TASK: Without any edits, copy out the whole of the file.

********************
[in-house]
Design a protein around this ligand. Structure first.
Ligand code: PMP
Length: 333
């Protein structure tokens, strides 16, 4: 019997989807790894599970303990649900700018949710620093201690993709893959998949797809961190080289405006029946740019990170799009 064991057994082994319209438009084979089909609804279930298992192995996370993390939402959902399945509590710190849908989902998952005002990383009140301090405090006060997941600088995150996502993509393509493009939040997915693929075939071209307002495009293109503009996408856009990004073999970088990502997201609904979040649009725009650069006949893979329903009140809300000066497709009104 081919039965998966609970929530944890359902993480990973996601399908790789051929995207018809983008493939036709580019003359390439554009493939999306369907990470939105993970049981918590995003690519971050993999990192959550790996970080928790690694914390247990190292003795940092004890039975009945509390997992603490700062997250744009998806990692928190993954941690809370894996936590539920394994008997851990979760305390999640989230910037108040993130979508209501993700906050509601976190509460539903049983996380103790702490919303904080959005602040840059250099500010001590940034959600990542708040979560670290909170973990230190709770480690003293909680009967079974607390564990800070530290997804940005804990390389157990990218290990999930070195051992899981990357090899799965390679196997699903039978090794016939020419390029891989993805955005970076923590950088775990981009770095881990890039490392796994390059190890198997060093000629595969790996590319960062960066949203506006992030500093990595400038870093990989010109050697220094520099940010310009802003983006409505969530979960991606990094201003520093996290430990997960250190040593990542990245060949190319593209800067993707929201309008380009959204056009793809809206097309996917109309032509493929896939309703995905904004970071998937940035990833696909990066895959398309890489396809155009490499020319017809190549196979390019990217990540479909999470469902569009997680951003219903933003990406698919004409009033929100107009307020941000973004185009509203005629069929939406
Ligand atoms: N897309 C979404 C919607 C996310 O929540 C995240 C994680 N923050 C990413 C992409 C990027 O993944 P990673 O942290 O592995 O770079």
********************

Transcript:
[in-house]
Design a protein around this ligand. Structure first.
Ligand code: PMP
Length: 333
């Protein structure tokens, strides 16, 4: 019997989807790894599970303990649900700018949710620093201690993709893959998949797809961190080289405006029946740019990170799009 064991057994082994319209438009084979089909609804279930298992192995996370993390939402959902399945509590710190849908989902998952005002990383009140301090405090006060997941600088995150996502993509393509493009939040997915693929075939071209307002495009293109503009996408856009990004073999970088990502997201609904979040649009725009650069006949893979329903009140809300000066497709009104 081919039965998966609970929530944890359902993480990973996601399908790789051929995207018809983008493939036709580019003359390439554009493939999306369907990470939105993970049981918590995003690519971050993999990192959550790996970080928790690694914390247990190292003795940092004890039975009945509390997992603490700062997250744009998806990692928190993954941690809370894996936590539920394994008997851990979760305390999640989230910037108040993130979508209501993700906050509601976190509460539903049983996380103790702490919303904080959005602040840059250099500010001590940034959600990542708040979560670290909170973990230190709770480690003293909680009967079974607390564990800070530290997804940005804990390389157990990218290990999930070195051992899981990357090899799965390679196997699903039978090794016939020419390029891989993805955005970076923590950088775990981009770095881990890039490392796994390059190890198997060093000629595969790996590319960062960066949203506006992030500093990595400038870093990989010109050697220094520099940010310009802003983006409505969530979960991606990094201003520093996290430990997960250190040593990542990245060949190319593209800067993707929201309008380009959204056009793809809206097309996917109309032509493929896939309703995905904004970071998937940035990833696909990066895959398309890489396809155009490499020319017809190549196979390019990217990540479909999470469902569009997680951003219903933003990406698919004409009033929100107009307020941000973004185009509203005629069929939406
Ligand atoms: N897309 C979404 C919607 C996310 O929540 C995240 C994680 N923050 C990413 C992409 C990027 O993944 P990673 O942290 O592995 O770079």